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Arthur del Prado, ASMI’s founder and former CEO, played a fundamental and founding role in the semiconductor industry. He is globally viewed as a legend within our industry and his legacy extends from Silicon Valley to Tokyo. He excelled in innovation. Combined with strategic vision and a steadfast focus on the long-term, it proved the touchstone of his success and laid the foundation for the growth of ASMI and the semiconductor equipment manufacturing sector. He founded ASM in 1964, and was its Chief Executive Officer until 2008. In 1975, he established ASM Pacific Technology (ASMPT), and was Chairman until May 9, 2016. His entrepreneurship and drive led to the creation, in 1984, of ASML, a joint venture between Philips and ASMI.

Arthur del Prado was born in Batavia, Indonesia, in 1931. In 1945 his family moved to the Netherlands, where he studied Chemistry in Enschede and Economics in Amsterdam, after which he spent some time at Harvard Business School in Boston.
In 1964, he started Advanced Semiconductor Materials (ASM) in Bilthoven, the Netherlands. His charisma, energy, and optimism won him the confidence and support of many. Arthur thought only in opportunities and rarely saw obstacles. He had the ability to identify and develop promising technologies at an early stage. And his vision extended far beyond the Netherlands.

In 1971 ASMI launched production of the first vapor deposition furnaces. The company grew from sales to innovation, developing and manufacturing its own technologies. In 1974 del Prado acquired a controlling stake in Fico Toolings, later ASM Fico,
a manufacturer of materials for use in the semiconductor packaging industry. From the 1960s, this part of the industry was mostly located in Southeast Asia. Seeing the trend, in 1975 del Prado opened ASM Asia in Hong Kong. In 1988 these activities would be publicly listed as ASM Pacific Technology, which would grow to become the world’s largest supplier of semiconductor assembly and packaging technologies.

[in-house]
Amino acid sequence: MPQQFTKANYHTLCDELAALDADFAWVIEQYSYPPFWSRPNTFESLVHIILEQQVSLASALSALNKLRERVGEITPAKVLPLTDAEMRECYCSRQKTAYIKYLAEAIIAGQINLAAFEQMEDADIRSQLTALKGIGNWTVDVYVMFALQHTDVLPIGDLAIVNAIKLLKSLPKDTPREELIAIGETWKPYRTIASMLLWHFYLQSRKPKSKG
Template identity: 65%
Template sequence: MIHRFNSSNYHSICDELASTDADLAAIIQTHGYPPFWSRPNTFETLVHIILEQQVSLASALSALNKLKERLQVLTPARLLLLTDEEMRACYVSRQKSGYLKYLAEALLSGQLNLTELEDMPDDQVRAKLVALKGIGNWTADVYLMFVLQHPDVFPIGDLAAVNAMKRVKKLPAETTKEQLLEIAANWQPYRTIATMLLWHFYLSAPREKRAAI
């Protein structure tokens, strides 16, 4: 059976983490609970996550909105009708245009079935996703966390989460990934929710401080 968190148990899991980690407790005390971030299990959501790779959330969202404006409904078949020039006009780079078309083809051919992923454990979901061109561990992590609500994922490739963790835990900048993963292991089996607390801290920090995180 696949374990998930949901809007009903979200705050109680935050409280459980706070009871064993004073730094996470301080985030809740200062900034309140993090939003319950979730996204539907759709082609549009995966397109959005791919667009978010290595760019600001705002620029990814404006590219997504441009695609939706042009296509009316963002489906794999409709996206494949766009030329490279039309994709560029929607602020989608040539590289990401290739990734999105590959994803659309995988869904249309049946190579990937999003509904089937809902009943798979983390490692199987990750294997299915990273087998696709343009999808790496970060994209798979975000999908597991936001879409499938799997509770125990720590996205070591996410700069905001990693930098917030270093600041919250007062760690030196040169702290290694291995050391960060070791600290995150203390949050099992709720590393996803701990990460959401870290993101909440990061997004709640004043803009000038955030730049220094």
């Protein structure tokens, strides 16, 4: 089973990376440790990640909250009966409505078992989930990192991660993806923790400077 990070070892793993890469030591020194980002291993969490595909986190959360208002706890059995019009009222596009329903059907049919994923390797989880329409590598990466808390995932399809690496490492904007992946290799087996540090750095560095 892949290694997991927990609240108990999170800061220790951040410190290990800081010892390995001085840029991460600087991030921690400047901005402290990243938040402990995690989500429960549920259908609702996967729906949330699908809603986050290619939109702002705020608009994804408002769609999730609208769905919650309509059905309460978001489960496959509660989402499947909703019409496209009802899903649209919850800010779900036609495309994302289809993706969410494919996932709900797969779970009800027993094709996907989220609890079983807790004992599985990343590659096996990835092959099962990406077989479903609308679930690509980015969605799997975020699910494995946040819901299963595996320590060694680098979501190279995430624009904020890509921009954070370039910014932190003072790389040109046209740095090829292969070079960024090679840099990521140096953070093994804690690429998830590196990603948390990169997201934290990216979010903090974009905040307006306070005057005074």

In 1976 del Prado established ASM America, the company's first US operation, in Phoenix, Arizona, nearby Motorola Semiconductors, then the largest semiconductor manufacturer. ASM America was the company through which del Prado brought the plasma enhanced CVD process to the market, marking the breakthrough of ASMI as an original equipment supplier.
In 1982 ASMI became the first Dutch company to establish a wholly-owned subsidiary in Japan.

In 1984 ASMI launched a joint venture with Philips to develop and market Philips’ lithography technology. The company was called ASM Lithography, now known as ASML. By the mid-eighties, ASMI’s product portfolio included nearly all major semiconductor production technologies: deposition furnaces, lithography, ion implantation, die and wire bonders, and various packaging technologies.

In 1999 ASMI acquired Finnish company Microchemistry and in 2004 ASMI acquired the Korean company Genitech, cementing its position as a pioneer in atomic layer deposition (ALD).

In 2008 Arthur was awarded the prestigious 'Legend of the Industry' award at Semicon West, which is presented annually to an individual who has made extraordinary contributions to the semiconductor industry over an extended period of time. That same year, Arthur retired as CEO, and shareholders approved the appointment of his eldest son, Chuck, as his successor.
Arthur remained Chairman of ASMPT until his retirement in May 2016.

Arthur died peacefully at his home on September 9, 2016. He is rightfully recognized as the father of the European semiconductor industry. Indeed it is impossible to imagine today’s industry without him. From its onset, more than five decades ago, to the present day, his imprint and influence on the industry has been clear and unmistakable.